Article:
Behavior / temperament:
The first thing that should be kept in mind about the Akita is that they were bred for fighting as well as for a very good temperament. The Akita can be described only as fiercely devoted to their owner(s). While this seems a desirable trait to many, in the Akita it can lead to aggression towards people other than their owner(s). This is one breed where extensive, consistent socialization as a puppy, as early as possible, cannot be emphasized enough to prevent the later development of aggression, shyness to a grossly undesirable degree, suspiciousness, and even outright aggression toward other people.
All that said, the Akita is typically a dignified, composed, courageous, faithful, playful, and affectionate breed with their owner(s) and they will protect them with their life.
The Akita is rated high in learning rate; medium in obedience; high in problem solving. The Akita can be very domineering; therefore, an experienced owner who knows how to be firm, fair, consistent, and alpha is a necessity for the Akita. Please note the use of the phrase “experienced owner.” The word “owner” is pointed out because the training of an Akita cannot be left to a trainer or handler unless the only person you want them to obey is the trainer or handler! This is a “hand’s on” breed when it comes to training.
It is imperative that the owner(s) of the Akita establish their authority as soon as the puppy is acquired and maintain that dominance throughout the life of the dog. If the owner(s) do not establish that alpha position and, instead, entrust the training of their dog to a trainer or handler, the Akita will never see his owner(s) in the alpha position and the owner(s) will never be fully in control of the dog.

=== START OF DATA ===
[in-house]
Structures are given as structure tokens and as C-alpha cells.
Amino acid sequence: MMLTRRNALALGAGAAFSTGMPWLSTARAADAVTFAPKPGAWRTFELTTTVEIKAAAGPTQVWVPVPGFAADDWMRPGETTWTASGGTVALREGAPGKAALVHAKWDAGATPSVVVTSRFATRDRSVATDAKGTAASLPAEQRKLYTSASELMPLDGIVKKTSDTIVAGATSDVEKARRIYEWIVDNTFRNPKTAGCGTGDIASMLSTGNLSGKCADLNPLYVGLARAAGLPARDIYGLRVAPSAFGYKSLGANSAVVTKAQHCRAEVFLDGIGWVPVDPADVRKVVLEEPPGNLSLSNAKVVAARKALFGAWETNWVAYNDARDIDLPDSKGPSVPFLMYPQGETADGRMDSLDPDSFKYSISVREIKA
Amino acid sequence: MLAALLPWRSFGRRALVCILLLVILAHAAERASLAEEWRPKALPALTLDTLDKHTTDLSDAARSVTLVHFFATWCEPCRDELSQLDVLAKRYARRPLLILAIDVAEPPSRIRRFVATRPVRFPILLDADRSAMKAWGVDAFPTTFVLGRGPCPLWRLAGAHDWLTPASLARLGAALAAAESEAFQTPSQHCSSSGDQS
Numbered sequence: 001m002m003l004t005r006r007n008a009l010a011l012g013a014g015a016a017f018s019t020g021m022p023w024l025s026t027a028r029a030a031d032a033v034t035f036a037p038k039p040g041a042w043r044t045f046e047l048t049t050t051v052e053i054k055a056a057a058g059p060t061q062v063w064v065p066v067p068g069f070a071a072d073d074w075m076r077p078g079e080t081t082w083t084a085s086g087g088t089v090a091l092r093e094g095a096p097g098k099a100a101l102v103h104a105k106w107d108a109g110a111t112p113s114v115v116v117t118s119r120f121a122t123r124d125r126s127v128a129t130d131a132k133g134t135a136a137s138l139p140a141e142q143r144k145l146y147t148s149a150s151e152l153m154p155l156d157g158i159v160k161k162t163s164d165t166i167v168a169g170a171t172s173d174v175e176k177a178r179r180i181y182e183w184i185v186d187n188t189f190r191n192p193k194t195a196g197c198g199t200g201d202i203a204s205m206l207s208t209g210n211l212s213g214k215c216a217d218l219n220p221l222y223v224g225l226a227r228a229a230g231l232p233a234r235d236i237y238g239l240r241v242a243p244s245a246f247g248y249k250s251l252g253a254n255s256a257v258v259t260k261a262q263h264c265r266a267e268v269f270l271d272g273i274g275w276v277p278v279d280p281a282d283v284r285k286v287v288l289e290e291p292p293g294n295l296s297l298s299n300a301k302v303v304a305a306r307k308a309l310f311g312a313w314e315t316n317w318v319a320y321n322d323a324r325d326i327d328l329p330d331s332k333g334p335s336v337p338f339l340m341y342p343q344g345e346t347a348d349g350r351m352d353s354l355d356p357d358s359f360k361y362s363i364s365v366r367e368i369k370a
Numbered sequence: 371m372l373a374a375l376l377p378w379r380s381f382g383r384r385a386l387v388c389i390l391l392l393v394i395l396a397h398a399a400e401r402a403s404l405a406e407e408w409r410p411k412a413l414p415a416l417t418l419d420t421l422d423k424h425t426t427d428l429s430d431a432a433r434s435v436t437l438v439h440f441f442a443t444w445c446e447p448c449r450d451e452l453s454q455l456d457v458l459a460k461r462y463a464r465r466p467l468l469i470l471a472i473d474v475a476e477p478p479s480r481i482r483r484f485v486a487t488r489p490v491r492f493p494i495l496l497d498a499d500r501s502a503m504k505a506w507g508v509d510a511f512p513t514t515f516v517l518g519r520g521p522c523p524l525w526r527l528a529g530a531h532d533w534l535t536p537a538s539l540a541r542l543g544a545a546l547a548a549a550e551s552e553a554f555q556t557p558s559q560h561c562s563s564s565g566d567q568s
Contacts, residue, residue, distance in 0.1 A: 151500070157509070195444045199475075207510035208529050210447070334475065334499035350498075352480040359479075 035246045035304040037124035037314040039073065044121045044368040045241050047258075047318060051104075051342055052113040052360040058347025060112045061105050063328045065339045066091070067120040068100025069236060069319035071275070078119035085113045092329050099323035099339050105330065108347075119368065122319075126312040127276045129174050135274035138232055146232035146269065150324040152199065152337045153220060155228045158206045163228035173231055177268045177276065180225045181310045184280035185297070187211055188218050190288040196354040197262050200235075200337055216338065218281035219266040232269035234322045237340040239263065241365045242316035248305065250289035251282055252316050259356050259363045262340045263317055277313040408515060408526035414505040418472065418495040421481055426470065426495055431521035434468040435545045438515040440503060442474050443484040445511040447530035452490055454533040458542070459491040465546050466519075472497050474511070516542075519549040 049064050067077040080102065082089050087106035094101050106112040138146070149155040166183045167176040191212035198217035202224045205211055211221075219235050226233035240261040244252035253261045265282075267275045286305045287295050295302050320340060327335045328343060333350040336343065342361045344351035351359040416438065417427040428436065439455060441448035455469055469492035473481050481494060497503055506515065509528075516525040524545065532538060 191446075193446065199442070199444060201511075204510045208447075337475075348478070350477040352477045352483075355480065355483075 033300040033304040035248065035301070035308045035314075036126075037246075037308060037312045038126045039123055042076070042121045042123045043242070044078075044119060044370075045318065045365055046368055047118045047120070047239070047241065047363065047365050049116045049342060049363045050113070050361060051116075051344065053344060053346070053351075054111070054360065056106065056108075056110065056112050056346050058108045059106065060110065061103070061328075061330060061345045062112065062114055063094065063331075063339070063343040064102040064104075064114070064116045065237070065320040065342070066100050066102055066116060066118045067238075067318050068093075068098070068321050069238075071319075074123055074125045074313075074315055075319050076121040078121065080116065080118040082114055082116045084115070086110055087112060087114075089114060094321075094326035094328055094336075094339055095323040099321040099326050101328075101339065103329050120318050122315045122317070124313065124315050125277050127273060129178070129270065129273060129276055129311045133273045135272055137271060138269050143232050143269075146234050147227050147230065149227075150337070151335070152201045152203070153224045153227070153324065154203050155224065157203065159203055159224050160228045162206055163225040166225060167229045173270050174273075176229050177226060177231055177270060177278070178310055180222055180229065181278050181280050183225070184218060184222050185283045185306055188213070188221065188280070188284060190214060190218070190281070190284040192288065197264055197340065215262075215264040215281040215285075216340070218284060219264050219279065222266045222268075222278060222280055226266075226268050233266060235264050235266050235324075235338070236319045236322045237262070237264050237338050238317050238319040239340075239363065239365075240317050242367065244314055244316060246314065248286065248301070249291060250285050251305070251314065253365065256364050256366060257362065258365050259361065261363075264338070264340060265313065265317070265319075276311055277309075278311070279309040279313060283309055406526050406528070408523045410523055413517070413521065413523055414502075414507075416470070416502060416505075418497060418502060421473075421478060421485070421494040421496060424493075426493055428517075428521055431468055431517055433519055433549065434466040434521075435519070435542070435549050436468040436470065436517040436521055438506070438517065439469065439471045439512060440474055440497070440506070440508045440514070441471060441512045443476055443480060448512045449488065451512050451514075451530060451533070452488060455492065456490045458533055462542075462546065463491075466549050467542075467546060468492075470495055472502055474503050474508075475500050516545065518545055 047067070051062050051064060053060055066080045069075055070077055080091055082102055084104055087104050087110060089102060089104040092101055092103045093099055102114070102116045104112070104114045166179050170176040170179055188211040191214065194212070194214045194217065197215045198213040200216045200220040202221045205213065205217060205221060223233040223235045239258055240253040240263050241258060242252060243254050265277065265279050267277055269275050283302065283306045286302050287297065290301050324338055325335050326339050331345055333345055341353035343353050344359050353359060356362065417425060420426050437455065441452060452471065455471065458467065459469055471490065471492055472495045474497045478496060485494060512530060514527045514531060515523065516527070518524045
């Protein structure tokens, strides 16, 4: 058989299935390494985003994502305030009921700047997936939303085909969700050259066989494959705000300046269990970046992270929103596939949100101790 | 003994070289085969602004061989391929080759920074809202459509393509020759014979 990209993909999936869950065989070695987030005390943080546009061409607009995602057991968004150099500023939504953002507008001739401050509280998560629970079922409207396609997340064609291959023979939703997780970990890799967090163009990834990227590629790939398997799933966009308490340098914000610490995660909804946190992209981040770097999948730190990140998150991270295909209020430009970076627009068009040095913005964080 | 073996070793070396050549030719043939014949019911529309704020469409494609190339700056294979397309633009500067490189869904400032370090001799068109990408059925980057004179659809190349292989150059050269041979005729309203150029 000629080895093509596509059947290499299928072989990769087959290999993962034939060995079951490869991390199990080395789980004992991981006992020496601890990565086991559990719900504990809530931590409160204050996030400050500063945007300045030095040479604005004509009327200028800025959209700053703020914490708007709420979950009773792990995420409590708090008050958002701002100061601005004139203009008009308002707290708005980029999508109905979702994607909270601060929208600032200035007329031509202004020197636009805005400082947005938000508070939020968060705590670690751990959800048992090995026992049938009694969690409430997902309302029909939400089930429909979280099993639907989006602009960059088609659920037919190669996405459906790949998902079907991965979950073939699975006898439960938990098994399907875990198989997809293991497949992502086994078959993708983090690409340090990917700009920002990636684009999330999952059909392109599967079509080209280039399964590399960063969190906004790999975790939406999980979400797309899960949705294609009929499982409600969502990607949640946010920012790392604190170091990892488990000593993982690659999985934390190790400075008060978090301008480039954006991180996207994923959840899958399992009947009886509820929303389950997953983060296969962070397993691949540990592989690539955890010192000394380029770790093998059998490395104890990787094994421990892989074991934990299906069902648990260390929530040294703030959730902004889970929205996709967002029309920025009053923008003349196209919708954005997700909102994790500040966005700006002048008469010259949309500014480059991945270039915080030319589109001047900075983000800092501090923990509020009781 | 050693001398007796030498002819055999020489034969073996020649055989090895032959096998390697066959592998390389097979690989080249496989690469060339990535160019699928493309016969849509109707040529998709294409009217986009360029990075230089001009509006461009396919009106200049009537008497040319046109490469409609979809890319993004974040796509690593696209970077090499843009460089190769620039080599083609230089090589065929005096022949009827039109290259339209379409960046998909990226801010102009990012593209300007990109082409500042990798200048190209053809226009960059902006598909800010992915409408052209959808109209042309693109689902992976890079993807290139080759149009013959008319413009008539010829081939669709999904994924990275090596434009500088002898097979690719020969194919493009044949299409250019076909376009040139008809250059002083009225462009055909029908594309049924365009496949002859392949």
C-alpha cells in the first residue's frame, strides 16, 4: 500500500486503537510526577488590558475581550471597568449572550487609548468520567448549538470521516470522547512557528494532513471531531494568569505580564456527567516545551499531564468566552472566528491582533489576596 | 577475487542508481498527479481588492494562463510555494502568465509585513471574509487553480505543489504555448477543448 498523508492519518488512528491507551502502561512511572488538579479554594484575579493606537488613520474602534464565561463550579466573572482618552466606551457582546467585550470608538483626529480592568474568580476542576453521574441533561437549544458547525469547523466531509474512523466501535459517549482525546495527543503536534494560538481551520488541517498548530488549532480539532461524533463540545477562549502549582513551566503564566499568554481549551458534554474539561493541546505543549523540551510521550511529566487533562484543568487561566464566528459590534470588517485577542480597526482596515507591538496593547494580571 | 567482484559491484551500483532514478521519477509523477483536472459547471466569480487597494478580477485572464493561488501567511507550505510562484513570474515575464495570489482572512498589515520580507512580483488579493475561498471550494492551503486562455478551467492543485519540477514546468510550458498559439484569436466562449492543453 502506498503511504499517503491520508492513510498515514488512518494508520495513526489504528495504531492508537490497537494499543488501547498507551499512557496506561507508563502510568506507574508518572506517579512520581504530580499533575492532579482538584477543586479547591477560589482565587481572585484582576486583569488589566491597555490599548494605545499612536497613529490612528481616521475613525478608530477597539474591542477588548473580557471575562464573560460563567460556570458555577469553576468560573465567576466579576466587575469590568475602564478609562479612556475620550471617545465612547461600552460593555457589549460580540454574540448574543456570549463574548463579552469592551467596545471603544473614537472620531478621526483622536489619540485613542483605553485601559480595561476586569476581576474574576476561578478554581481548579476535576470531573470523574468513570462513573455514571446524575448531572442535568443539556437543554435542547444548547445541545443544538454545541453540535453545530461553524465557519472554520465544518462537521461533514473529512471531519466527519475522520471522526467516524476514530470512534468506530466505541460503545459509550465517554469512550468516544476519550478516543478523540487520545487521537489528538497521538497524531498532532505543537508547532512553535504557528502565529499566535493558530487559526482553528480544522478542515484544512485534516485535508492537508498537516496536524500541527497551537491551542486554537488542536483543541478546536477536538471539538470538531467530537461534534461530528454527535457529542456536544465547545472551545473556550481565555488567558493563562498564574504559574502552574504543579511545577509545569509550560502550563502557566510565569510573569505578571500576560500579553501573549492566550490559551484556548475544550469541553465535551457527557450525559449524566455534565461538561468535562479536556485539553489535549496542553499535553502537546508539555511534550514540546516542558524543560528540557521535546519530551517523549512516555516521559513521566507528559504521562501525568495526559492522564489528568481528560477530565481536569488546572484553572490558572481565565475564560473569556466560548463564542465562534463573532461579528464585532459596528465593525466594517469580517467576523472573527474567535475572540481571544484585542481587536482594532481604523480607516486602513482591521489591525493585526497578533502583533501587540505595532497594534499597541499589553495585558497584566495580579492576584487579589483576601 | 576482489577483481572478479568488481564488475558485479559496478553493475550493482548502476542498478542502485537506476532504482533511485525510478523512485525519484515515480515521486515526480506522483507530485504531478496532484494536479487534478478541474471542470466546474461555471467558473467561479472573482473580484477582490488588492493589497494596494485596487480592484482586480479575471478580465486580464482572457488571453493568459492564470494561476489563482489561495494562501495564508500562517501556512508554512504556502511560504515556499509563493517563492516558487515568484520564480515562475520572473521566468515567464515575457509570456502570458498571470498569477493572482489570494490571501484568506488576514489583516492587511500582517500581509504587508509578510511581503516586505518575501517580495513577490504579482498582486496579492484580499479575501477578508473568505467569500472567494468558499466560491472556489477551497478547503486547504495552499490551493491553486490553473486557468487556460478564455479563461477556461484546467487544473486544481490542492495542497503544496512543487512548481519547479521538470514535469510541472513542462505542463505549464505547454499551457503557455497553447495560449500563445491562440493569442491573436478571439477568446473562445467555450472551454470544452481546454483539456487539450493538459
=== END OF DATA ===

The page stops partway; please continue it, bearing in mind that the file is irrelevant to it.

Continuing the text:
This is also the time when the puppy must be heavily socialized to people outside the family, as often and as regularly as the owner(s) can make it happen, even if it mean rearranging their usual schedule in order to get this vital socialization need met.
The Akita is known to challenge his owner(s) where matters of obedience are concerned – he is headstrong and his natural high level of intelligence will cause him to occasionally question your authority. Many owners have found that it necessary to physically take their Akita down in the proper manner of showing dominance, including shaking their scruff. You cannot force the Akita to do anything; instead, you must show them what they are to do. Never, ever hit or otherwise physically harm your Akita, or any dog, in order to show your dominance as doing so does not have the desired effect; rather, it will demonstrate to the dog that you are to be feared and, if you are feared, the natural instict is to strike out or run.